Study finds low vaccination rates in La Jolla, city to replace felled Rec Center pine tree
Study reveals below-average vaccination rates in La Jolla
According to a recent study published by inewsource.org examining vaccination rates in San Diego County kindergarten classes, approximately 7.6 percent of county kindergarteners are not up to date on their vaccinations. Of La Jolla’s kindergarten programs, only La Jolla Elementary School and Torrey Pines Elementary School are above the county average — at 94 percent each (of students up to date on their vaccinations).
At The Gillispie School, 26 percent of kindergarteners — eight out of 31 enrolled — are not up to date on their vaccinations
At Bird Rock Elementary, 19 percent of kindergarteners — 16 out of 85 enrolled— are not up to date on their vaccinations
At Stella Maris Academy, 20 percent of kindergarteners — three out of 15 enrolled — are not up to date on their vaccinations
At the San Diego French-American School, 59 percent of kindergarteners — 16 out of 27 enrolled — are not up to date on their vaccinations
At the Children’s School, 8 percent of kindergarteners — one out of 12 enrolled — are not up to date on their vaccinations
At All Hallows Academy, 10 percent of kindergarteners — four out of 39 enrolled— are not up to date on their vaccinations
At La Jolla Country Day School, 11 percent of kindergarteners — six out of 53 enrolled— are not up to date on their vaccinations
Data was not available for the Evan’s School vaccination rates. Shown in map form, the data indicates the number of students who are fully up to date and those with “exemptions” including conditional, permanent medical and personal belief exemptions. Data was collected from the California Department of Public Health and California Department of Education. See the map: inewsource.org/data-tables/san-diego-vaccination-exemptions-map
Water shut offs rile Shores residents in construction zone
Residents of La Jolla Shores affected by the utility work along Avenida de la Playa and Camino Del Sol were disheartened by the lack of notice when their water was shut off last week.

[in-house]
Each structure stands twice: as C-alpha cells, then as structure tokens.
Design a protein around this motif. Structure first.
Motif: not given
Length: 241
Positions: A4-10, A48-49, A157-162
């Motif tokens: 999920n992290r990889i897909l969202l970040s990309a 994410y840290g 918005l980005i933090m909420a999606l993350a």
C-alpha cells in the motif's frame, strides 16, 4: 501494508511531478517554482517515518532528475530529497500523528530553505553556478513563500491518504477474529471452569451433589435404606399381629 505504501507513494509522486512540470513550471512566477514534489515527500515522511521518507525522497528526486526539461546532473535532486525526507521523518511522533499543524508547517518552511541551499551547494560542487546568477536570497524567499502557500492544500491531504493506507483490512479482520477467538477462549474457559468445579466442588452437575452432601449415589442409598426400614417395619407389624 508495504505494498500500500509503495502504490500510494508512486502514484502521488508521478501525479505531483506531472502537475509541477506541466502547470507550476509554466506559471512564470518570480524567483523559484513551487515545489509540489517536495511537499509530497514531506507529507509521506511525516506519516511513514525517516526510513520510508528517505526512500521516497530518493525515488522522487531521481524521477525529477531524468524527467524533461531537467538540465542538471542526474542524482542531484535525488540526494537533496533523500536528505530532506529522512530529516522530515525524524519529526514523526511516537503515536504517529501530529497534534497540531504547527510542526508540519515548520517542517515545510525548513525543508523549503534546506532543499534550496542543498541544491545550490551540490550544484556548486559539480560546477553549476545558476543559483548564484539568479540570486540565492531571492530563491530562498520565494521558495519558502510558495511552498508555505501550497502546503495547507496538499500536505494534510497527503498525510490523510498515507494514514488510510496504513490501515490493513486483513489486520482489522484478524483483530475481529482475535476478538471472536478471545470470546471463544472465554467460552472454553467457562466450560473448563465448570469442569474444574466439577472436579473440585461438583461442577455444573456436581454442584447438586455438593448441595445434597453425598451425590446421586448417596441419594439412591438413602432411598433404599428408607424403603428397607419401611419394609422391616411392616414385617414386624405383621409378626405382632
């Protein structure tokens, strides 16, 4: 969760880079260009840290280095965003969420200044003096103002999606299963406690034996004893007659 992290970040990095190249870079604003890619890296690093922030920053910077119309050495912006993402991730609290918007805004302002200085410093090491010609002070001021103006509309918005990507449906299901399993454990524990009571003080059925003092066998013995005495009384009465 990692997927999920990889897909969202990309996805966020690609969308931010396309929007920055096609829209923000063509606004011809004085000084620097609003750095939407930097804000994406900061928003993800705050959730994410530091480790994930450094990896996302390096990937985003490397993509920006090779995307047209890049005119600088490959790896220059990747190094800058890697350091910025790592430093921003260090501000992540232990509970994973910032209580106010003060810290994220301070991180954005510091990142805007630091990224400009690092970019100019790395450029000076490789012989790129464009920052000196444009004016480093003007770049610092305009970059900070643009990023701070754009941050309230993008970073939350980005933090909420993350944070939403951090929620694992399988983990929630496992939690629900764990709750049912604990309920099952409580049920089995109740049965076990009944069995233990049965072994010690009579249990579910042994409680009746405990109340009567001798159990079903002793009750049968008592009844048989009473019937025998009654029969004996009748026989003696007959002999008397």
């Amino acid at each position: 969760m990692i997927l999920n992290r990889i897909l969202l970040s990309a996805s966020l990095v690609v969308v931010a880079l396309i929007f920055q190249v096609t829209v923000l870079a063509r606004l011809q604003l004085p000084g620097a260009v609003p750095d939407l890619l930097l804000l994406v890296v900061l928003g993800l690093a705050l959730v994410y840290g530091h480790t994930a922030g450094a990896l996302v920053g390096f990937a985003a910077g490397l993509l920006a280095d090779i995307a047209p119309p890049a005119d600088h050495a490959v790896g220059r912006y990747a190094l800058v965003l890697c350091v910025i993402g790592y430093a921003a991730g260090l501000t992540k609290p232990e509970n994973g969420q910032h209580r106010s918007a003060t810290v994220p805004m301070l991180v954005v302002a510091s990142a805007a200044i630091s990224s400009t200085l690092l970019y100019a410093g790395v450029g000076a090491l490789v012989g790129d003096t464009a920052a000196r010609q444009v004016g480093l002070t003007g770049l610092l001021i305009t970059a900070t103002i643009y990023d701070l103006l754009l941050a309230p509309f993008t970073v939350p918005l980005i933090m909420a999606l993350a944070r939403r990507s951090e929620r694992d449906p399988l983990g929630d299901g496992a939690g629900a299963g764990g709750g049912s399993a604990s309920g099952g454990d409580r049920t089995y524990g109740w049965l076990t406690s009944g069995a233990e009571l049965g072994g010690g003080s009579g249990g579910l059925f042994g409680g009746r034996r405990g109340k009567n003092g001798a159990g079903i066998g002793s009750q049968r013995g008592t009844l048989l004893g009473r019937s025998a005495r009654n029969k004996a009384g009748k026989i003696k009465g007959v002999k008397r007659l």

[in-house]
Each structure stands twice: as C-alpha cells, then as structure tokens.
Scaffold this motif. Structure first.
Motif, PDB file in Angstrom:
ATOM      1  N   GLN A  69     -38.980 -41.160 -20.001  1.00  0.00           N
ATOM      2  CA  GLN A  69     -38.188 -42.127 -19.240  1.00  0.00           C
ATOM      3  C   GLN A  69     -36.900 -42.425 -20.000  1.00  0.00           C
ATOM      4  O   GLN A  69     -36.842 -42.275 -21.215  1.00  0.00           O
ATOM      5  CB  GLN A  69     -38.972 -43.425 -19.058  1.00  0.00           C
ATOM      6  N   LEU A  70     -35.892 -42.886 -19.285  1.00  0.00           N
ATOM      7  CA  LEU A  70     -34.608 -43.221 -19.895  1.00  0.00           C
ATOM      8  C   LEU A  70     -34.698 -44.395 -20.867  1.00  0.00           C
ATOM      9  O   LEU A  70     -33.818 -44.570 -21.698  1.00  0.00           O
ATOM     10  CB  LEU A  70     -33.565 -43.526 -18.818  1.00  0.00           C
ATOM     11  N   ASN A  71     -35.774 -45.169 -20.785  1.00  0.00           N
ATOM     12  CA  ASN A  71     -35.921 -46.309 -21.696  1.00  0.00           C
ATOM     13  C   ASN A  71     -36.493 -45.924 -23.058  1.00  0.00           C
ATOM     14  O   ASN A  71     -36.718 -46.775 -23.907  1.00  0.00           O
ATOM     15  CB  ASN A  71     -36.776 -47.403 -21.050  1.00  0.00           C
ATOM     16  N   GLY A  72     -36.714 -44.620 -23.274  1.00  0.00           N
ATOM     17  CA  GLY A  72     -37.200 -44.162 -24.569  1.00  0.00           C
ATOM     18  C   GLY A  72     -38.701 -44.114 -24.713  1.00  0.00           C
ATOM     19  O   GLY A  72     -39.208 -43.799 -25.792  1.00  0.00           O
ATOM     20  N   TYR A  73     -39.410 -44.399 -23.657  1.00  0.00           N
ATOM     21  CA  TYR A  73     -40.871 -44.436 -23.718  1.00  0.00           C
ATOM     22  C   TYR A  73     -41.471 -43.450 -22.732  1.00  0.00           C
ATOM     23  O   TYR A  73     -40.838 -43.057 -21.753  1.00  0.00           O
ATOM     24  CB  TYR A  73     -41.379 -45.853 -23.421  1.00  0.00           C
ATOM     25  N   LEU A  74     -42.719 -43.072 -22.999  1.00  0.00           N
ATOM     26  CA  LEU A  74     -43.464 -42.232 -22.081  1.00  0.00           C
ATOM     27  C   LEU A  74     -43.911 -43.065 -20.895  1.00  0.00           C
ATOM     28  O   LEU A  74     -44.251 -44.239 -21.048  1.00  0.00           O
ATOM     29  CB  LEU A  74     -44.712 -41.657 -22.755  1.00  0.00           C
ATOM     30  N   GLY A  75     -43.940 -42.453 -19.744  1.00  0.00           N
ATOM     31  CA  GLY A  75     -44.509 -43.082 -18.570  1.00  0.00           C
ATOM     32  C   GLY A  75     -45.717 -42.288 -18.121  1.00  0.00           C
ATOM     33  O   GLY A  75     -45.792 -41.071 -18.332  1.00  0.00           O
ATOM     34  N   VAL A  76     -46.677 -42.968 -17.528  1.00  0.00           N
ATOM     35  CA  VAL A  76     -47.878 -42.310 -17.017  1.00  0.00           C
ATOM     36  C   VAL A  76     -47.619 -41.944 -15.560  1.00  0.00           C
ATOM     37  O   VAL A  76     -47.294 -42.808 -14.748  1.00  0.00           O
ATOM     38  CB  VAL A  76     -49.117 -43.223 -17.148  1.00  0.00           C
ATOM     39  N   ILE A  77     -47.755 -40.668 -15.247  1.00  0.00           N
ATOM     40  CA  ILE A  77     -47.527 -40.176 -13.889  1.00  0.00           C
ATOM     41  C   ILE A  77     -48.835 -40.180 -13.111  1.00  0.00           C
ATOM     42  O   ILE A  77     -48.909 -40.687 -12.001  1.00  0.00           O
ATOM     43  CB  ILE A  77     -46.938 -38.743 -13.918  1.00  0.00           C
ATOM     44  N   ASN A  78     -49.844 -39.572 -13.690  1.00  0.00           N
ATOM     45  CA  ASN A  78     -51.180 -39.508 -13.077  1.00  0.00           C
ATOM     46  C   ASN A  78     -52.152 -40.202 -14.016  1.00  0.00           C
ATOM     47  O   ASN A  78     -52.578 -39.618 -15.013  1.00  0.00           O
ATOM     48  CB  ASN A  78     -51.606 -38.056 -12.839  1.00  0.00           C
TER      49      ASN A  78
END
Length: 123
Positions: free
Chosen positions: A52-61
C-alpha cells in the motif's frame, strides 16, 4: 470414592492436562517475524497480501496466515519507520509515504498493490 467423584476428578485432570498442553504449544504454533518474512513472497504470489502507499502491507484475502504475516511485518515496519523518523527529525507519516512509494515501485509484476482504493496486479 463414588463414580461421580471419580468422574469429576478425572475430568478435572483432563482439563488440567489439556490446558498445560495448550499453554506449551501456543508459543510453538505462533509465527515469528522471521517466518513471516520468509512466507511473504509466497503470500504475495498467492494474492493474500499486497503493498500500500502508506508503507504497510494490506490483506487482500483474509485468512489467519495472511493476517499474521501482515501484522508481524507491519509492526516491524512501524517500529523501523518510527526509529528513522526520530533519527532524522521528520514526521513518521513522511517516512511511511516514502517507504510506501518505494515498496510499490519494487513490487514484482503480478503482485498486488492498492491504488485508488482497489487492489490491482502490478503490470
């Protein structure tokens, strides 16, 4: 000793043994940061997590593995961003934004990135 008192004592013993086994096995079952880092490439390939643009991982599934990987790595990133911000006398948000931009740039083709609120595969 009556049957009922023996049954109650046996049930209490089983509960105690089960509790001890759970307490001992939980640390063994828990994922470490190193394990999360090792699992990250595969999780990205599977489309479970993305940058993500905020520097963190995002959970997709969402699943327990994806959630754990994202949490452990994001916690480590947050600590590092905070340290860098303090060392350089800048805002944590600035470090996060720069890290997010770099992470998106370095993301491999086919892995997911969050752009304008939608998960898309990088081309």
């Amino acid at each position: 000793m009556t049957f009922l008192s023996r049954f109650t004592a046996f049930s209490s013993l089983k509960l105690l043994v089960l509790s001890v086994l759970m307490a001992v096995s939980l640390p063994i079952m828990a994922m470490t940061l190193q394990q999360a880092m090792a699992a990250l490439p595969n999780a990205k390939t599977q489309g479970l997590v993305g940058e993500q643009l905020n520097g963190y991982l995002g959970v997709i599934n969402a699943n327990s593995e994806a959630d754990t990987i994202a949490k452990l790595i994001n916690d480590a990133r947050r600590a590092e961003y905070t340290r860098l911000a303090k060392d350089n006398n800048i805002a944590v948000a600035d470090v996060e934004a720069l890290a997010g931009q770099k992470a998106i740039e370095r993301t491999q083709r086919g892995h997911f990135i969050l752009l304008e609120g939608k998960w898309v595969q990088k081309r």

Regarding unexpected shut offs at an apartment complex, resident Eric Gallimore said, “I’m signed up for the (notification) e-mails, and received no notice from anyone. We recently got a door-hanger letting us know about night work (occurring Feb. 4), but we have heard absolutely nothing about the current fiasco. We have no idea when or if it will finish, and despite voicemails to every contact number we had at the city, we’ve still heard nothing.”
La Jolla Shores Association board Tim Lucas explained via e-mail that the water shut off was unplanned and no notice could be given. “There was at least one water line that the water utilities department did not mark or identify, which led to it being accidentally cut during the excavation. The water company can be a bit slow with the repairs,” Lucas said.
“Typically before any digging, the various utility companies are called out to mark the sewer lines, water lines, electric, cable, etc. Sometimes on older streets their information is not always accurate.
“There is still water line work to be done on Camino del Sol that couldn’t be done the same time as the sewer. With extensive sewer line work to start this week on Camino del Oro, in front of the Shores Hotel, they cannot close off Camino del Sol at the same time. I would anticipate them coming back to Camino del Sol in early March for the water. The water main work is less intensive with shallower excavation than the sewer, so should be finished in 5 to 7 working days.”
City to pass on sea lion trainer
The City of San Diego has decided not to hire the marine mammal behaviorist it was considering to coax sea lions from the bluff above La Jolla Cove. The attorney for a group called Citizens for Odor Nuisance Abatement had asked the city to hire Precision Behavior to train the sea lions to do their business elsewhere.
Bill Harris, a representative for the City of San Diego Transportation & Storm Water department, said the city “is going to hire, not a behaviorist, but a marine scientist” to control the cove odor, and will also continue microbial foam sprayings that eat away pungent bird waste. Harris said the city would release more details as soon as the contract with the marine scientist is signed. “It’s essentially an expansion of our efforts to make sure we’re leaving no stone unturned,” he said.